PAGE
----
By this time i had been painting portraits of various riders both club and international and most competitors knew me for the paintings hanging up on the side of my van. I loved the sidecar racing and painted many portraits of the various sidecar teams, Florian Camathias was my hero at the time. I continued racing the Goldie for the next 2 years and winning some more trophies, but it was hard work trying to keep up with the Manx Nortons Matchless G50's,AJS 7R's as my bike slowly became an antique. In 1964 i bought an immaculately prepared Manx/Gold Star from Harold Riley surely the first ever built, this guy was not only a good rider but a brilliant engineer.BSA had supplied him with special parts for the engine and so unofficially it was a works bike. I won my first race on it at Oulton Park riding with number 13,a number nobody seemed to want. Racing at the same meetings as Bob Mac, Derek Minter, Phil Read, Mike Hailwood and Bill Smith (to name a few) was hard work and consequently i started to crash more often trying to keep up with them.It was also the year i  moved to Bromley Cross nr Bolton and met Stevie Mac who decided he would like to go racing, we quickly became close friends. And talking of friends, we started to associate with the craziest set of bike racers you'll ever meet. It was at this time that Bolton and district had the largest number of crazy bike racers in the country i am convinced, both solo and sidecar. To name a few Mel and Arny, Crook bros, Jimmy (i'll get you anything for a Triumph) Hesford, the crazy carpenter Billy Tom, Jimmy Nelson ,Arthur Wiggy, Barry(i have the fastest triton in the world) Hall, and he had we were all convinced of that. The number of racers just kept on growing in the district and we could literally fill a pub on a Monday night to talk about our weekends exploits, or should i say adventures. A convoy of Bedford and Thames vans up the M6 on the way up to Silloth would be the excuse for constant overtaking followed by egg and tomato throwing, one of the worst culprits being Arny (I'll light a pocket or two) Ratcliffe.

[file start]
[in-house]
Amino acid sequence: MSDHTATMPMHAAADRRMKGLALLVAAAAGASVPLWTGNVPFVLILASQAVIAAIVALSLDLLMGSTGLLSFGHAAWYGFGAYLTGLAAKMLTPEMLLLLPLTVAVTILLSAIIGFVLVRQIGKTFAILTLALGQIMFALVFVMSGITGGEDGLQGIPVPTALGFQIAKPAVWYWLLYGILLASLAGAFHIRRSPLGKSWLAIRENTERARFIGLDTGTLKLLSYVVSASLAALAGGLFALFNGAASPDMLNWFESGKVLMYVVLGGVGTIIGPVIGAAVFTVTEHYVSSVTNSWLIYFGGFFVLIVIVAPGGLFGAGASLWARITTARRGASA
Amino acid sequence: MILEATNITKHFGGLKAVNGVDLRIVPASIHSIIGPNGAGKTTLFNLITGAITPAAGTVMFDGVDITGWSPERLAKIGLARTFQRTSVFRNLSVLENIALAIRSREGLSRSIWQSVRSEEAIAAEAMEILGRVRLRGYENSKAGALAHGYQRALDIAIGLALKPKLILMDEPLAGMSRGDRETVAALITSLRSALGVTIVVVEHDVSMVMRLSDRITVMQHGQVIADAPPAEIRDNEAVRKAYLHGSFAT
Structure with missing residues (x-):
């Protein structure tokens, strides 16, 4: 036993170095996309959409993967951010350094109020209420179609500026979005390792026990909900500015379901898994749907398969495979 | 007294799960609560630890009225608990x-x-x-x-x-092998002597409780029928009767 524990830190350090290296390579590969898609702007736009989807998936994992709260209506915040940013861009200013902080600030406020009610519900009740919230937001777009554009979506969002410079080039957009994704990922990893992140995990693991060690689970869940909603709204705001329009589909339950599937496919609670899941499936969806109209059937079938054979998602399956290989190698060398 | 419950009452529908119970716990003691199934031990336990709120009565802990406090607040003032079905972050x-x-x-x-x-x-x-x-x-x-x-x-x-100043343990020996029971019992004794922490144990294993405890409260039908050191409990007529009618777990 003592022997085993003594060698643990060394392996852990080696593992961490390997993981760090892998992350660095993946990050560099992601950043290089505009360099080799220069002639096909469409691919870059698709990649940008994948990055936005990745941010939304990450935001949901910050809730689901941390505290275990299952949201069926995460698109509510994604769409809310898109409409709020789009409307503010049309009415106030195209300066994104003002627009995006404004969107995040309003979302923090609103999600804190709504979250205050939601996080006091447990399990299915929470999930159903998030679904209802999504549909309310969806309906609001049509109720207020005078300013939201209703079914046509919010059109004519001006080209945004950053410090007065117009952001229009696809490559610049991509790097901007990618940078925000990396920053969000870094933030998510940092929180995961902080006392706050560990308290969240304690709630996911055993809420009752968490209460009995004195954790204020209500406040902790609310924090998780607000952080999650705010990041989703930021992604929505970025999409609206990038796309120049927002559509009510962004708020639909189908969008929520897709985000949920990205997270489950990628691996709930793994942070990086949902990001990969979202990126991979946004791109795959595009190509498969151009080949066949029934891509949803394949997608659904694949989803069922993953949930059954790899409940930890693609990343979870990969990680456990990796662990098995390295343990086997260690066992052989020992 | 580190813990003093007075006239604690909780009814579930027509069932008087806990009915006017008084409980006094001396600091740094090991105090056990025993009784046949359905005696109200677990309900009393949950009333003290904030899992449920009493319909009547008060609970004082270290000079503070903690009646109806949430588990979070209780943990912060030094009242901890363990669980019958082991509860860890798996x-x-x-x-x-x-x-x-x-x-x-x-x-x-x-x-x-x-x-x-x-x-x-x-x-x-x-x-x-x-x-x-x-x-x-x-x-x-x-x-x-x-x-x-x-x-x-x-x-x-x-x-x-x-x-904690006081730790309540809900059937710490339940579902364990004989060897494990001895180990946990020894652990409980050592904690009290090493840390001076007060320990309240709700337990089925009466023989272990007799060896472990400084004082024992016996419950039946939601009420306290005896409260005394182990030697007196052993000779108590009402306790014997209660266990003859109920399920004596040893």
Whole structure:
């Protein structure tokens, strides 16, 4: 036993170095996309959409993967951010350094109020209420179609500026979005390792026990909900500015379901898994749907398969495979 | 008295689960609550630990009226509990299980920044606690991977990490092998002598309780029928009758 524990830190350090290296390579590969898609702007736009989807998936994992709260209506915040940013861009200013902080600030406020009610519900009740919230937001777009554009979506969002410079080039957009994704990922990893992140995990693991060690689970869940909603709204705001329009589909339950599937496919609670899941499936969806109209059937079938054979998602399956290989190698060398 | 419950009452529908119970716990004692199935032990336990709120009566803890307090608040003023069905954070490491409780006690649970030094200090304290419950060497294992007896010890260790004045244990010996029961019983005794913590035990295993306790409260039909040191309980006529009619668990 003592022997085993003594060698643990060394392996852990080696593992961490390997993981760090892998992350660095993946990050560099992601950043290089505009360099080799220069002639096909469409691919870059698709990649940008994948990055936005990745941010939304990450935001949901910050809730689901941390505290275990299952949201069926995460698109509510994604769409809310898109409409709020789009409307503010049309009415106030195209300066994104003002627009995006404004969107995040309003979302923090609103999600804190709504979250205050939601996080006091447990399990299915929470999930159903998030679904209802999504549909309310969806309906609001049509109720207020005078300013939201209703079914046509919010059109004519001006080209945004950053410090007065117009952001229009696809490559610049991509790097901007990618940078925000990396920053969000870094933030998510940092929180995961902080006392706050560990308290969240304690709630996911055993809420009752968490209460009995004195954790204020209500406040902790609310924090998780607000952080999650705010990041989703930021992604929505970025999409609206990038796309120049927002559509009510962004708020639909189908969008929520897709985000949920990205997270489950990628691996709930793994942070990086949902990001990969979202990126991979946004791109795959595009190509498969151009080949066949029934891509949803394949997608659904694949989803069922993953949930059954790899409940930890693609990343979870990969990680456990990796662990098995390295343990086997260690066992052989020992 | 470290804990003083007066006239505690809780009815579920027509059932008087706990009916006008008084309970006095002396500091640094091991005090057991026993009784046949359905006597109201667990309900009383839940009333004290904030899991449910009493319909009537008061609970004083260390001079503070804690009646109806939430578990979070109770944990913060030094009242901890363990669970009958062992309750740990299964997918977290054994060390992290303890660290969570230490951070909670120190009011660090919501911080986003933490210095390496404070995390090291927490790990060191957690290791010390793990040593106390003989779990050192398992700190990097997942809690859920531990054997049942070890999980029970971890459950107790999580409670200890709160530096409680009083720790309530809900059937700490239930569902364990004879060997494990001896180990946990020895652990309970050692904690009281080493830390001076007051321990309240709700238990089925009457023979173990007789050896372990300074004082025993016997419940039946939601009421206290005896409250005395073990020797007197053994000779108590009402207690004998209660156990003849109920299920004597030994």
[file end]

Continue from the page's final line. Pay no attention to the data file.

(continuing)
In fact the crazy gang became a large co-operative as we consisted of plumbers, electricians, joiners mechanics, engineers, welders, so there was nothing between us we couldn't make or get supplied to us. At this point I must mention Golly (Gollins) although not a racer himself he was and still is an avid follower of motorcycle racing, and would always be there to lend a helping hand. Oh those mad Saturday nights in Silloth when we packed the pub never giving Sunday racing a second thought till we woke up dazed and confused in the paddock the following morning. We were often confronted by Jack Horseman (club secretary) with the words "don't get on your bike till you have sobered up lads". What a character he was, he never refused anybody a ride even if they turned up on race day. Dare I mention weekends at Cadwell Park and sat nights in Louth where many rum goings on took place or should I leave that for another day. When I met Phil Sharrock in 1971 little did I know how he would change my racing outlook entirely. A brilliant mechanic with all the patience in the world and that was something I had not got.He did all the preparation and left me to do the racing and I had much more confidence in my bikes. He still remains one of my best friends to this day.Many thanks Phil.